I decided to combine my entrepreneurial side - the iPhone Apps and the small business - to create a startup which would have a software product which could be licensed, so that I could make money while I slept: it was a scalable business model.

During all this erratic behaviour, I was making a ton of money, I designed a built a beautiful summer house in my garden, I had a wakeboarding boat, I threw lavish garden parties. I was having the time of my life, except I was in a very toxic, abusive relationship.

I ended the relationship and my life continued to improve. In fact, my life kept on improving.

Soon, I was enrolled on a prestigious startup accelerator program which takes 8,000 applicants for every place, and only offers 10 teams the chance to be mentored by senior executives from Google, Facebook, Microsoft, Amazon, Paypal and a bunch of other great tech companies, plus the opportunity to pitch on "demo day" to a packed auditorium full of venture capitalists and angel investors, and raise a huge amount of investment.

My company was already profitable enough to pay my co-founder and I a decent salary and hire our first full-time employee. That was entirely bootstrapped: the company was built from nothing. My co-founder and I built a profitable startup without taking a single cent from any member of friends or family, or risking any of our own money.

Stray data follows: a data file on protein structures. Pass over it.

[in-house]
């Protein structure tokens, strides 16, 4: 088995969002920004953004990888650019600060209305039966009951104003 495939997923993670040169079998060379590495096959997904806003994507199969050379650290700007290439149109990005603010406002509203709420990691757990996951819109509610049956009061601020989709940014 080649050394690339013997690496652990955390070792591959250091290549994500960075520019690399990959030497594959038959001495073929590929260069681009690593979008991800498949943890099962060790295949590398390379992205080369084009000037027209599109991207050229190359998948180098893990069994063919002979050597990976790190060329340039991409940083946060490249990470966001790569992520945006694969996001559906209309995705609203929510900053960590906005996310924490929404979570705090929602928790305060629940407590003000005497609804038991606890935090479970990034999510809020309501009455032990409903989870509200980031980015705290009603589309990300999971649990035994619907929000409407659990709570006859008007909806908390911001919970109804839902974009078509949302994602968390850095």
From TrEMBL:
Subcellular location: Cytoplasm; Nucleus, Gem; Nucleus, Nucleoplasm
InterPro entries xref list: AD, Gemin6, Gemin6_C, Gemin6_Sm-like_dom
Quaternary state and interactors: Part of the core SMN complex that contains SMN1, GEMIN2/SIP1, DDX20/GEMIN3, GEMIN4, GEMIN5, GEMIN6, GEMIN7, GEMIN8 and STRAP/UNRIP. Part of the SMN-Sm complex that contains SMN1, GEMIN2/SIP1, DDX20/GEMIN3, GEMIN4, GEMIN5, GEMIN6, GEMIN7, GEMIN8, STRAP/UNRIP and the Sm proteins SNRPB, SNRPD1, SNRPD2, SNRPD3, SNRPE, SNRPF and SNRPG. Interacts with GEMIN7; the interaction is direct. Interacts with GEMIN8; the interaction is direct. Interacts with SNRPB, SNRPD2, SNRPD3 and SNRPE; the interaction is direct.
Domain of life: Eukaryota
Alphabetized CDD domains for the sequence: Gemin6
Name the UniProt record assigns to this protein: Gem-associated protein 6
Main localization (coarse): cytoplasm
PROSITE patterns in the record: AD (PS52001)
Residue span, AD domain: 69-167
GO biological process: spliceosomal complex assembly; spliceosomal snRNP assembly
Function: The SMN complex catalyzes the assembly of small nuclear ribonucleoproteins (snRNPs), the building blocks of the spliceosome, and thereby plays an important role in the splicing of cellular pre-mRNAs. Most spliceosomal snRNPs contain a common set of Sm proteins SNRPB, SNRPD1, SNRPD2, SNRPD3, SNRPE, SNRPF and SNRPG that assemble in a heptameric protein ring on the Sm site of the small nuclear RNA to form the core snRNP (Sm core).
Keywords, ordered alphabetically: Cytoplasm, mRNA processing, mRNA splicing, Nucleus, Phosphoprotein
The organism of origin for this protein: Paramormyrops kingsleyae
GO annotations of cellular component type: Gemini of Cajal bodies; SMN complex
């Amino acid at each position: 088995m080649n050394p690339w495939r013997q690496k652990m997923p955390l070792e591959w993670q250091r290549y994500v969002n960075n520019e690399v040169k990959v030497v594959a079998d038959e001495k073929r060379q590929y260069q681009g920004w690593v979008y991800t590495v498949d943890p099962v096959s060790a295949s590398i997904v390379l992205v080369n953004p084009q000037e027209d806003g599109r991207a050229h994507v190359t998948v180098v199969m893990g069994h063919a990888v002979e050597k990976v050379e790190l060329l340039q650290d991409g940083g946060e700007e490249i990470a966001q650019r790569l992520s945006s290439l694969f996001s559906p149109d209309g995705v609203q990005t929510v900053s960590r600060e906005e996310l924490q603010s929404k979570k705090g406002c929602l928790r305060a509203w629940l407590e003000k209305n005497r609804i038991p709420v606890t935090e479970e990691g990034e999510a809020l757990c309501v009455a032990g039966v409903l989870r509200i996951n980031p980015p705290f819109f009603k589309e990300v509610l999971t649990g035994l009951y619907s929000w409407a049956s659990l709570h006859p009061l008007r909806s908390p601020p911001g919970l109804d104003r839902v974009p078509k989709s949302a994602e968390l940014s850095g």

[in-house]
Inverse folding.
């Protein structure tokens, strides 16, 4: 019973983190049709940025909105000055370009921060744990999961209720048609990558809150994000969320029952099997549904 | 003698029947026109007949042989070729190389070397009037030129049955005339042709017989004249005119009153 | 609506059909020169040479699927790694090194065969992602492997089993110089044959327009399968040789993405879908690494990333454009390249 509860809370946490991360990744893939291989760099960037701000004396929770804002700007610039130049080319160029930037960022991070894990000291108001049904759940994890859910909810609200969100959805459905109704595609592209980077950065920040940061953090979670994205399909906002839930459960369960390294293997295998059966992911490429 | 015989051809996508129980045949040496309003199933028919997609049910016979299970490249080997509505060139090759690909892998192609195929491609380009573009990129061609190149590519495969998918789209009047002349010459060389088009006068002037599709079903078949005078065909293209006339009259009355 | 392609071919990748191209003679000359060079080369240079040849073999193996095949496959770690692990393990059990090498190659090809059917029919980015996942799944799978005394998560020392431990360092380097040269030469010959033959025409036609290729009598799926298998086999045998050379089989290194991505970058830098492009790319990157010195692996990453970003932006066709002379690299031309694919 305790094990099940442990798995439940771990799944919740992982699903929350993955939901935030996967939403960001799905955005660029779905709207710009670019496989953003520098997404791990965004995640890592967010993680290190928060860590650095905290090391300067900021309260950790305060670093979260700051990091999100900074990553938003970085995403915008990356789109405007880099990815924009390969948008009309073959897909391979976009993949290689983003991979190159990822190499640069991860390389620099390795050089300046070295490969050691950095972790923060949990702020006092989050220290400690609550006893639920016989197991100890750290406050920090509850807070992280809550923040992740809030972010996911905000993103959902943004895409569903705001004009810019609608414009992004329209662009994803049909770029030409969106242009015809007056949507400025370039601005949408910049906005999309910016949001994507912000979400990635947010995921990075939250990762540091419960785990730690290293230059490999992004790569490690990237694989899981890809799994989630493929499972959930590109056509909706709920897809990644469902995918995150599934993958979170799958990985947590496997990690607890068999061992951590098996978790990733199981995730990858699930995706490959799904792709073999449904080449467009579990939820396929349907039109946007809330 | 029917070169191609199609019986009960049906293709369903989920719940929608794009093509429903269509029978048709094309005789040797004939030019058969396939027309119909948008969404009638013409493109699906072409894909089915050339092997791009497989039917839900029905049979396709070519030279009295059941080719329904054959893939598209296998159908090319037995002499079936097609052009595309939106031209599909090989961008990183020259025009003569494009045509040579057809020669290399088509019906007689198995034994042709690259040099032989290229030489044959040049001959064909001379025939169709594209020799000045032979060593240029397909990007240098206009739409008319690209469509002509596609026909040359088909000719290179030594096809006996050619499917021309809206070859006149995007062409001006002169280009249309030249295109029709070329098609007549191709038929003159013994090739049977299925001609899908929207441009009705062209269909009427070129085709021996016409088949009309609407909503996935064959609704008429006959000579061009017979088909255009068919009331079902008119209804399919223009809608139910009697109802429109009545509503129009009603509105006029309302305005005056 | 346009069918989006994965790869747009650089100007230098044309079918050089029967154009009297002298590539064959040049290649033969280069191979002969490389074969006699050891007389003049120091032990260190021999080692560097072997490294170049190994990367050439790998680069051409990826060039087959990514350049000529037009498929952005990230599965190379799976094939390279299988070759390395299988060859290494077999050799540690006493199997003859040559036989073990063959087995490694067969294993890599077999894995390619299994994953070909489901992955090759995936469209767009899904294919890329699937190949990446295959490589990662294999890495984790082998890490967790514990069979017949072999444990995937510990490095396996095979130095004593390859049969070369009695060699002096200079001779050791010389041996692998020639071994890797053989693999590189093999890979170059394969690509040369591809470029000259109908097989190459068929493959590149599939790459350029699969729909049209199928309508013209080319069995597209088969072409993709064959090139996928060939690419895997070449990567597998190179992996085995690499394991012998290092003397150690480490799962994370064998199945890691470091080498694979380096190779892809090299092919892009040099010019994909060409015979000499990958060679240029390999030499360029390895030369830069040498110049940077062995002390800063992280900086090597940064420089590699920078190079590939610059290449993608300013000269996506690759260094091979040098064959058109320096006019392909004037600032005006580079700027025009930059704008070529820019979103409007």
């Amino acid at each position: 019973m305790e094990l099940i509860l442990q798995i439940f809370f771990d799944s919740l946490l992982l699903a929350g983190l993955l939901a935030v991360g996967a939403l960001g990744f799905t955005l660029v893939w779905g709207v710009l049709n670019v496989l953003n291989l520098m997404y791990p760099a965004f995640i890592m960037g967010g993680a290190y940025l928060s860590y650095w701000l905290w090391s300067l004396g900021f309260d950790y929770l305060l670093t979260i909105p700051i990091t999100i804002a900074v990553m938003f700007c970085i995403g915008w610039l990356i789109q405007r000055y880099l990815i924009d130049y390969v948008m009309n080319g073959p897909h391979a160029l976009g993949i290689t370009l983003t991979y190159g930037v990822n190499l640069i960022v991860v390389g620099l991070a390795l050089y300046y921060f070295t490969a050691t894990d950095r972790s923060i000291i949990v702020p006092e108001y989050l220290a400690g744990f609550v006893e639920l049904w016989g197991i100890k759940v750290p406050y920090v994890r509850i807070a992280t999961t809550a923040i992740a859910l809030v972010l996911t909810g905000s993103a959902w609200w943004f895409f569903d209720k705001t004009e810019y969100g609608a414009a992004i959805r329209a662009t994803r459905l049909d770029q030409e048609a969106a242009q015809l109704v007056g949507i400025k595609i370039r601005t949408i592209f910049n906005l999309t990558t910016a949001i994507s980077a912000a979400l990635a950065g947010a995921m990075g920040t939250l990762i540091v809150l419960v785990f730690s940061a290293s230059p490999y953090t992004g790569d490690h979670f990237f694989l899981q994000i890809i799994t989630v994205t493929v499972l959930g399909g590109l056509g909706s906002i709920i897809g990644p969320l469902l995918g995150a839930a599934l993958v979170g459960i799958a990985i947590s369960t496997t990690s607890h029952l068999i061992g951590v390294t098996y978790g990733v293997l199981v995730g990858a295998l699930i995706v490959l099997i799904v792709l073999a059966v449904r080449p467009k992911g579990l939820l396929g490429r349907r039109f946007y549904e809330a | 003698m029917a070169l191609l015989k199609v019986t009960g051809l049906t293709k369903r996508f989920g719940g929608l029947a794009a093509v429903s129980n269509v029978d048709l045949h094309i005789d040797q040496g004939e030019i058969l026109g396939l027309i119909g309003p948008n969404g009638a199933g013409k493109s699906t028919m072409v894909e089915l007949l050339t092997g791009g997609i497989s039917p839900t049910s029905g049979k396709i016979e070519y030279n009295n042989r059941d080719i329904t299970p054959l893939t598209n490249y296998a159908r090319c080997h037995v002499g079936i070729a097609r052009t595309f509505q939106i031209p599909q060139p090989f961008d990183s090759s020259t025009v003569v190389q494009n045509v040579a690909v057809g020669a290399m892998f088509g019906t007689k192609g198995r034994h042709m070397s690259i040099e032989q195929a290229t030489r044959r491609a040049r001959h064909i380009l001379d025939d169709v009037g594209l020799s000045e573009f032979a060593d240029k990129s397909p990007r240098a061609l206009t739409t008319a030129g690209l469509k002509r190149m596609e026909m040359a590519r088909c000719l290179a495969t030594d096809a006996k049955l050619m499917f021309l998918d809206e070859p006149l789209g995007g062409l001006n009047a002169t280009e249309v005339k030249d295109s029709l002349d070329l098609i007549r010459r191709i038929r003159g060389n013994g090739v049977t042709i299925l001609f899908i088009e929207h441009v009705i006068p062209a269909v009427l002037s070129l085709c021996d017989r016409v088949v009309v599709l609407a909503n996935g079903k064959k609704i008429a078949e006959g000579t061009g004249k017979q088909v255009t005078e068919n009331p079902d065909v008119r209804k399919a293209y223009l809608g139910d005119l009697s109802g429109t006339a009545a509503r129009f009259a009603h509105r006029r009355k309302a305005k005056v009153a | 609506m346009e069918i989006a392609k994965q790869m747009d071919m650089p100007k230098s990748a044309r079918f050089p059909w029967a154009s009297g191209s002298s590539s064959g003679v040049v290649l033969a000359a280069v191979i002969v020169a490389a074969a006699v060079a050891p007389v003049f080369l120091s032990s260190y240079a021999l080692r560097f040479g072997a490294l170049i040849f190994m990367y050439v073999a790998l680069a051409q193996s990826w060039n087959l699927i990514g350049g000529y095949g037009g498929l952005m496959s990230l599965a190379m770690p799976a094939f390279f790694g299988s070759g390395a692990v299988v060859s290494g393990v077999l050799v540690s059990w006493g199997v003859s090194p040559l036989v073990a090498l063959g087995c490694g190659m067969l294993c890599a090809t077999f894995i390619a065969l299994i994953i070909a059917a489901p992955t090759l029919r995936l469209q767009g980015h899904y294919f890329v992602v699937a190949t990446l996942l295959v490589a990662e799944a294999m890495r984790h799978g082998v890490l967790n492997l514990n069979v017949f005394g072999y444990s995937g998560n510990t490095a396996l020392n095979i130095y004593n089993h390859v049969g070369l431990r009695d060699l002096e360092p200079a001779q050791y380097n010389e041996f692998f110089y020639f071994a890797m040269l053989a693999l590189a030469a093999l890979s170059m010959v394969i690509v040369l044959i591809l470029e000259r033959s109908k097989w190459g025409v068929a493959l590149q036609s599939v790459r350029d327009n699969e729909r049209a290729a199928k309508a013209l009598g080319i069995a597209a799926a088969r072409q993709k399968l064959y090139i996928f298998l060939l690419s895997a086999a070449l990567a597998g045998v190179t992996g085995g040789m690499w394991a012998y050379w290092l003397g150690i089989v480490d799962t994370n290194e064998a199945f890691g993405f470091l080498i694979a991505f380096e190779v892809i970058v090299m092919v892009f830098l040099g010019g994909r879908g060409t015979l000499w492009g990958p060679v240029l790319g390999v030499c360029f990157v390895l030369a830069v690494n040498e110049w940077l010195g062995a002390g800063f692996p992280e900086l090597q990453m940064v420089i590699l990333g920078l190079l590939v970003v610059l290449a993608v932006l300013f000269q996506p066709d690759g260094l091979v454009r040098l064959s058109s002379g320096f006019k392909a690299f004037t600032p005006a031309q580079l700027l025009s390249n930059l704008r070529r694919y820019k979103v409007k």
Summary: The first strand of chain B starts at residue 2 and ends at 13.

This was my cake and eat it moment.

I worked too hard for too long. On the accelerator program mentor madness was fine for the teams who just had an idea, but my co-founder and I had a profitable business to run. We had customers who needed supporting. We had sales deals which needed to be closed. The rest of our cohort were happily burning the money they'd raised - making a loss - while our startup was living within its means and growing organically... in fact it was growing rapidly organically.

The problem was that toxic, abusive relationship.

She wasn't kind. She wasn't supportive. She didn't want me to succeed. She was just plain mean and totally inflexible; uncompromising. It wasn't fair, because I had supported her when she wanted to change career, and I had also been a very loyal loving boyfriend. Of course I could have split up with her and run off into the sunset with a lovely girl from the tech startup scene who could see the potential in me and the potential of my startup, but I let loyalty and a sense of "doing the right thing" get the better of me.